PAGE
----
Your neighbor has a new Tesla automobile that can parallel park itself with a tap on its touch screen. My neighbor plants corn hands-free with a GPS-guided John Deere tractor that turns itself around at the end of a row, self-aligns with a three-inch tolerance and proceeds down the field while he sits in the cab checking futures prices on his tablet.
Which begs the question: When will my boat be this smart? When will I be able to touch the screen and then rub sunscreen on my wife’s shoulders while the boat backs itself into a slip?
The technological cure for your docking anxiety may not be that far off. Late this year new docking-assist systems from Volvo Penta and Raymarine will reach the pleasure craft market. Neither offers autonomous docking capability, but each represents a step in that direction. Let’s take a look at two options that are available.
Volvo Penta assisted docking
As an experienced captain approaching a dock, you make note of wind velocity and direction by looking at flags on shore and of current by checking for water flowing around pilings. You then make a quick mental calculation—if you want the boat to go here, you need to aim over there. Volvo Penta Assisted Docking is designed to automate your mental calculation and reduce the stress many captains experience during docking situations.
Revealed at the Consumer Electronics Show in January, Assisted Docking is a new layer of software for the Volvo
Penta’s Electronic Vessel Control (EVC) and Dynamic Positioning System (DPS). Through the joystick you signal your intended speed and course. If dynamic variables—wind or current—cause the vessel to stray from that course, Assisted Docking automatically intervenes, fine-tuning thrust (including bow thruster) and steering to maintain the intended course. In fact, Volvo Penta says a bow thruster with control integrated to the IPS EVC is the optimal set-up, as this reduces the force required by the IPS drives to maintain the desired heading. Assisted Docking will also fine-tune boat control in other situations. For example, on a long, no-wake transit or while maneuvering through a marina at low speed, Assisted Docking will work in the background to maintain the captain’s intended course, even if wind or current cause the boat to drift from that course. Let go of the joystick and the system will assume you’d like the boat to remain stationary. It will make the required corrections to hold that position against wind or current.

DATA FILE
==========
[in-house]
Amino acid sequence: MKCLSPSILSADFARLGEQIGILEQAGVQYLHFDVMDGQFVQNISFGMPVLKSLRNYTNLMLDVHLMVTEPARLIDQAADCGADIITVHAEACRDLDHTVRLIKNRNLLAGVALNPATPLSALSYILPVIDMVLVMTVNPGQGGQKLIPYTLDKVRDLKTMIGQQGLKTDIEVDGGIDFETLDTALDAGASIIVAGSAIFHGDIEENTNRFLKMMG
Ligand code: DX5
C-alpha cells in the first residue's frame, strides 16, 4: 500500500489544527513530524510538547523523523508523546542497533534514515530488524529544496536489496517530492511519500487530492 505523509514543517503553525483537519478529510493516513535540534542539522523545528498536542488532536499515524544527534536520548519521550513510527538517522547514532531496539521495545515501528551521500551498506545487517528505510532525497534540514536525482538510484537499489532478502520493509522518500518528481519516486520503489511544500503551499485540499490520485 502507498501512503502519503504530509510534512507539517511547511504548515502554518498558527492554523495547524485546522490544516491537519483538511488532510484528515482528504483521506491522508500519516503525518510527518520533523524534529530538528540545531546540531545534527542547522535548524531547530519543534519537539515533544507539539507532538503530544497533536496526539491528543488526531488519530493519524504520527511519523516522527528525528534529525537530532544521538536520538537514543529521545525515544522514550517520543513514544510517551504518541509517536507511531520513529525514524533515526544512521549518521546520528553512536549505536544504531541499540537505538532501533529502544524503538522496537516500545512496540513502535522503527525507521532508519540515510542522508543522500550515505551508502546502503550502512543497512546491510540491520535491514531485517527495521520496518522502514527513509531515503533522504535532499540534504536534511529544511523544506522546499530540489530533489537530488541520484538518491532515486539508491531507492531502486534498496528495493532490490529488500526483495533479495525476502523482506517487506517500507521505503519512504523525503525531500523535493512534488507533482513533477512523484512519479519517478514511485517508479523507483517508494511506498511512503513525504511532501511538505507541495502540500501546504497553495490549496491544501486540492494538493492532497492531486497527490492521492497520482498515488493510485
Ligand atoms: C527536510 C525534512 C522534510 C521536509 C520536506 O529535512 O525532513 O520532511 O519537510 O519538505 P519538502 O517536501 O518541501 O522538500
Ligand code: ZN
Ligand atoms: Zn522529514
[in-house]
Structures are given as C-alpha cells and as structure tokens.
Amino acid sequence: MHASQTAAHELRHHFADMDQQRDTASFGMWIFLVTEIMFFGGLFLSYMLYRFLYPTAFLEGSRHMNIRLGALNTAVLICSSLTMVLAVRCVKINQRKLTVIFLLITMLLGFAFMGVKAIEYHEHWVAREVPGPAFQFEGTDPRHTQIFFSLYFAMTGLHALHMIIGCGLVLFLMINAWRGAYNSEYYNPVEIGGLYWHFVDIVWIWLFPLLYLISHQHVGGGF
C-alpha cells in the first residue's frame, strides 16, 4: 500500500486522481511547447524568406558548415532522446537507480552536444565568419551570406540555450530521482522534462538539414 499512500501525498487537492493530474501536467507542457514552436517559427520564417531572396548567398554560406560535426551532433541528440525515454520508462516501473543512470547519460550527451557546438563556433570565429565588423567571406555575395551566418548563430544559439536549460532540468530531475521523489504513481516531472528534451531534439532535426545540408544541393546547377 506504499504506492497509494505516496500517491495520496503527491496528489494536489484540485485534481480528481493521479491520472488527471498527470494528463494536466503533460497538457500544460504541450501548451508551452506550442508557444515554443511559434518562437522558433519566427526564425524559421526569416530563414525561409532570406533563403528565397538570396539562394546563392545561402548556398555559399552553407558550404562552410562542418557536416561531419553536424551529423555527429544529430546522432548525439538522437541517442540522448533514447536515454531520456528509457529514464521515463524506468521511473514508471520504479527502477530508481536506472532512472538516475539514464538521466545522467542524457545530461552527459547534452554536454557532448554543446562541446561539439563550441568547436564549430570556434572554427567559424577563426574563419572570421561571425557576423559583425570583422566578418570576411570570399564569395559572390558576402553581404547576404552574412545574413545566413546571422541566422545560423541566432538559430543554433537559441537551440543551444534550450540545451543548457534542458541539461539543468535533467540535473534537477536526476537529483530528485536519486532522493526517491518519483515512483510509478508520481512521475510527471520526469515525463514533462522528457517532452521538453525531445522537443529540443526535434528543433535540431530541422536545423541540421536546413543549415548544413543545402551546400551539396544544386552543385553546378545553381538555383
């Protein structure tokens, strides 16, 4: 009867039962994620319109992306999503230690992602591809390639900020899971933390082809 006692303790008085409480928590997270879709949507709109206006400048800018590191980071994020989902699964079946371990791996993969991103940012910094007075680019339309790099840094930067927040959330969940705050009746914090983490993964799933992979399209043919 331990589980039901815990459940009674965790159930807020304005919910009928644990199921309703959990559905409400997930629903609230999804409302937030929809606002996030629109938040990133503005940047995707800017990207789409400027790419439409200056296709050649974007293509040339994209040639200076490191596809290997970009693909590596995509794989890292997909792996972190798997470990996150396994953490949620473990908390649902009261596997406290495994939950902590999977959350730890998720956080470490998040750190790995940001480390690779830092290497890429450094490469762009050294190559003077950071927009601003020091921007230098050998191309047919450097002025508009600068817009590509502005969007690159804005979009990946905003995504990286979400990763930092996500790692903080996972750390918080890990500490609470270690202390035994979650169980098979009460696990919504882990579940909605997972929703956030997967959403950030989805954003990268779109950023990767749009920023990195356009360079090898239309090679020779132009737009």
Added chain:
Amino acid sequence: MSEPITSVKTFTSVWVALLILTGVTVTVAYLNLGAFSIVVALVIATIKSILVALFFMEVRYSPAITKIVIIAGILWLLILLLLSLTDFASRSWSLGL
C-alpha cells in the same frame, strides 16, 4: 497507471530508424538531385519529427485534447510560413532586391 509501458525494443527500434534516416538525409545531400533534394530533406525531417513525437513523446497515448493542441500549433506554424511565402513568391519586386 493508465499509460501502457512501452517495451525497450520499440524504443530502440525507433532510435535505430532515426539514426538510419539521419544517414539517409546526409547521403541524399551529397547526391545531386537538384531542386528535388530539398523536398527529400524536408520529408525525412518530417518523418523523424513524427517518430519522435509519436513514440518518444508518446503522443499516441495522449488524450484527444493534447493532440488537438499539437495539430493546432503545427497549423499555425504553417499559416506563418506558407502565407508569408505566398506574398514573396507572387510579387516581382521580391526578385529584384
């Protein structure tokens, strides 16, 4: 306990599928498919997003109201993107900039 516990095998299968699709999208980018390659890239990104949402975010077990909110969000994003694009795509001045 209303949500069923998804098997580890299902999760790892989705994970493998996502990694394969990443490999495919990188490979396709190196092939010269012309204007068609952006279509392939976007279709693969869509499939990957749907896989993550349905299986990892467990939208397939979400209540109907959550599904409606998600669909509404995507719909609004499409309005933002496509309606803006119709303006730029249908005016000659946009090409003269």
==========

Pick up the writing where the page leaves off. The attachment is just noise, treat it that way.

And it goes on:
“Assisted Docking is a hybrid between automated docking and manual docking,” says Ida Sparrefors, director of autonomous solutions and new business models at Volvo Penta. “The beauty of this system is that it gives the captain enhanced control. With our team of experts, we have made it behave intuitively in all situations, so that anyone can feel like a seasoned captain.”
Volvo Penta will offer Assisted Docking as an option to its basic IPS system for motor yachts ranging in size from 35 to 120 feet. Tiara Yachts will add Assisted Docking to its Volvo Penta IPS-powered 44 Coupe and 39 Coupe for the 2022 model year, but will make the feature standard equipment included in the base price, and we expect other builders may do the same. Assisted Docking will also be available in late 2021 as a retrofit for existing IPS-powered boats. The retrofit will require a software upgrade and a new antenna, and professional installation. In 2018 Volvo Penta demonstrated an autonomous docking system on a 68-foot yacht that utilized GPS, sensors on the vessel and a sensor on the dock, so stay tuned.
Raymarine Docksense Control